Antagonism of peripheral hepatic cannabinoid receptor-1 improves liver lipid metabolism in mice: Evidence from cultured explants

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It is well established that inactivation of the central endocannabinoid system (ECS) through antagonism of cannabinoid receptor 1 (CB1R) reduces food intake and improves several pathological features associated with obesity, such as dyslipidemia and liver steatosis. Nevertheless, recent data indicate that inactivation of peripheral CB1R could also be directly involved in the control of lipid metabolism independently of central CB1R. To further investigate this notion, we tested the direct effect of the specific CB1R antagonist, SR141716, on hepatic carbohydrate and lipid metabolism using cultured liver slices. CB1R messenger RNA expression was strongly decreased by SR141716, whereas it was increased by the CB1R agonist, arachidonic acid N-hydroxyethylamide (AEA), indicating the effectiveness of treatments in modulating ECS activity in liver explants both from lean orob/obmice. The measurement of O2 consumption revealed that SR141716 increased carbohydrate or fatty acid utilization, according to the cellular hormonal environment. In line with this, SR141716 stimulated ß-oxidation activity, and the role of CB1R in regulating this pathway was particularly emphasized when ECS was hyperactivated by AEA and inob/obtissue. SR141716 also improved carbohydrate and lipid metabolism, blunting the AEA-induced increase in gene expression of proteins related to lipogenesis. In addition, we showed that SR141716 induced cholesterolde novosynthesis and high-density lipoprotein uptake, revealing a relationship between CB1R and cholesterol metabolism.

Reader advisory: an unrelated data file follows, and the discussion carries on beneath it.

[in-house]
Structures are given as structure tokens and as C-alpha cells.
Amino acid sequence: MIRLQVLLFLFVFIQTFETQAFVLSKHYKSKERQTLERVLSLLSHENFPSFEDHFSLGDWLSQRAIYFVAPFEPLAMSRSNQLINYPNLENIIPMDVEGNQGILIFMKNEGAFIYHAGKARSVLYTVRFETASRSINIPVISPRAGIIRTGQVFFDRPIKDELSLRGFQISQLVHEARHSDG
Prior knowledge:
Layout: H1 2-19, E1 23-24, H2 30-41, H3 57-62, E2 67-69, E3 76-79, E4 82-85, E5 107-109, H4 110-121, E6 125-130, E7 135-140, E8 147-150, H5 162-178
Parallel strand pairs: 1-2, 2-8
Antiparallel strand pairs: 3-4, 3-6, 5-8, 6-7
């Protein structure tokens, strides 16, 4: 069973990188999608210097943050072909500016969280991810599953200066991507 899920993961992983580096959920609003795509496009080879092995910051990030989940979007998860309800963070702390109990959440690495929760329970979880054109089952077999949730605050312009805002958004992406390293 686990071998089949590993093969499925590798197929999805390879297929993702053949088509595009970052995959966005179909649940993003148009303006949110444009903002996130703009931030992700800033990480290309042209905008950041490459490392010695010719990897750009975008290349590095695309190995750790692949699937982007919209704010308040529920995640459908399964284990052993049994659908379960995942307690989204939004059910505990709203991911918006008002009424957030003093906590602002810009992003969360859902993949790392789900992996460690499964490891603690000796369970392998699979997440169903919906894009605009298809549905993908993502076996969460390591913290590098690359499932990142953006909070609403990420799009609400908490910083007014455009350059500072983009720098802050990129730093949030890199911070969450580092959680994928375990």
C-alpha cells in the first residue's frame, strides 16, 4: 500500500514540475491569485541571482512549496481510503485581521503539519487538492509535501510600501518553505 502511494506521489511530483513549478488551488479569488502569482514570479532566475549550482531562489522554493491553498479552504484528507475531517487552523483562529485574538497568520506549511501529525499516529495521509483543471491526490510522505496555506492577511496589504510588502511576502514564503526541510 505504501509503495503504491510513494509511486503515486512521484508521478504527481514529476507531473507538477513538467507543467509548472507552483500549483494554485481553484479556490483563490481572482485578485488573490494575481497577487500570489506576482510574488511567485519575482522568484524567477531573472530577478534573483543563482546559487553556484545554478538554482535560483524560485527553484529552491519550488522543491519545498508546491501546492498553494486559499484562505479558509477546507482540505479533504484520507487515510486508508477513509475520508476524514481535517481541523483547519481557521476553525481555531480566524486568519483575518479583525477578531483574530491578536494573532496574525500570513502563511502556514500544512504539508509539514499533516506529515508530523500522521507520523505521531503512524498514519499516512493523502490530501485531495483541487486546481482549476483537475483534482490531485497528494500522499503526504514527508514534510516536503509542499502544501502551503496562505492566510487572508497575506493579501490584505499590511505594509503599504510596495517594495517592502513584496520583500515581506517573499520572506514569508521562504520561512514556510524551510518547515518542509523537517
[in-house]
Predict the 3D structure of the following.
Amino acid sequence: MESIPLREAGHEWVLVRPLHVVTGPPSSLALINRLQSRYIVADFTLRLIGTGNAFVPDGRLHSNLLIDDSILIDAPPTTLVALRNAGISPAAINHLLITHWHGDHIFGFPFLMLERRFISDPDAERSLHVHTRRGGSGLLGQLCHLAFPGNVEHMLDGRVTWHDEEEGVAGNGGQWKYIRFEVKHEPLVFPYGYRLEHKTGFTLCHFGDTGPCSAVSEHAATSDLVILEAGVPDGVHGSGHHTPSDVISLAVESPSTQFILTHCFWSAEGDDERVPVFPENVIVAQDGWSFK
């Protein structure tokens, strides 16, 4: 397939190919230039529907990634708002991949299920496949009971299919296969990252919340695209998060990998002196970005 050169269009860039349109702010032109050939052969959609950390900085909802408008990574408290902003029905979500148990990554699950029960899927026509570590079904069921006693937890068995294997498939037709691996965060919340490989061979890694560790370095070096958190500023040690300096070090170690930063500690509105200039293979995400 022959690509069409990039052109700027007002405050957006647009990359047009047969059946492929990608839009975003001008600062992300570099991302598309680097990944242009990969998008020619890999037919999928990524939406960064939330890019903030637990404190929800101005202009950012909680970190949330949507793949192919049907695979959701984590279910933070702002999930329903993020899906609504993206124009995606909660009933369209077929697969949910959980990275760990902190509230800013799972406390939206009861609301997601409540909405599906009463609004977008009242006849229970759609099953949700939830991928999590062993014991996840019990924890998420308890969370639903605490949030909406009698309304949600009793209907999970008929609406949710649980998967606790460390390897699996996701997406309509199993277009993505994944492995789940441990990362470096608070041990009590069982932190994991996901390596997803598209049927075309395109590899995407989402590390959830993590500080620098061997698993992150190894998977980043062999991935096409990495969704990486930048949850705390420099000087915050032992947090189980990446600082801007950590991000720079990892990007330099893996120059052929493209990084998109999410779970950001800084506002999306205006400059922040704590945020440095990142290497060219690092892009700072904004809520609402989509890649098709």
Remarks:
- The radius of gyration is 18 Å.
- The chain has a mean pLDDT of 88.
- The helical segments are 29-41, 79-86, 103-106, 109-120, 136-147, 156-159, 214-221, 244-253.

These data suggest that blocking hepatic CB1R improves both carbohydrate and lipid metabolism and confirm that peripheral CB1R should be considered as a promising target to reduce cardiometabolic risk in obesity.

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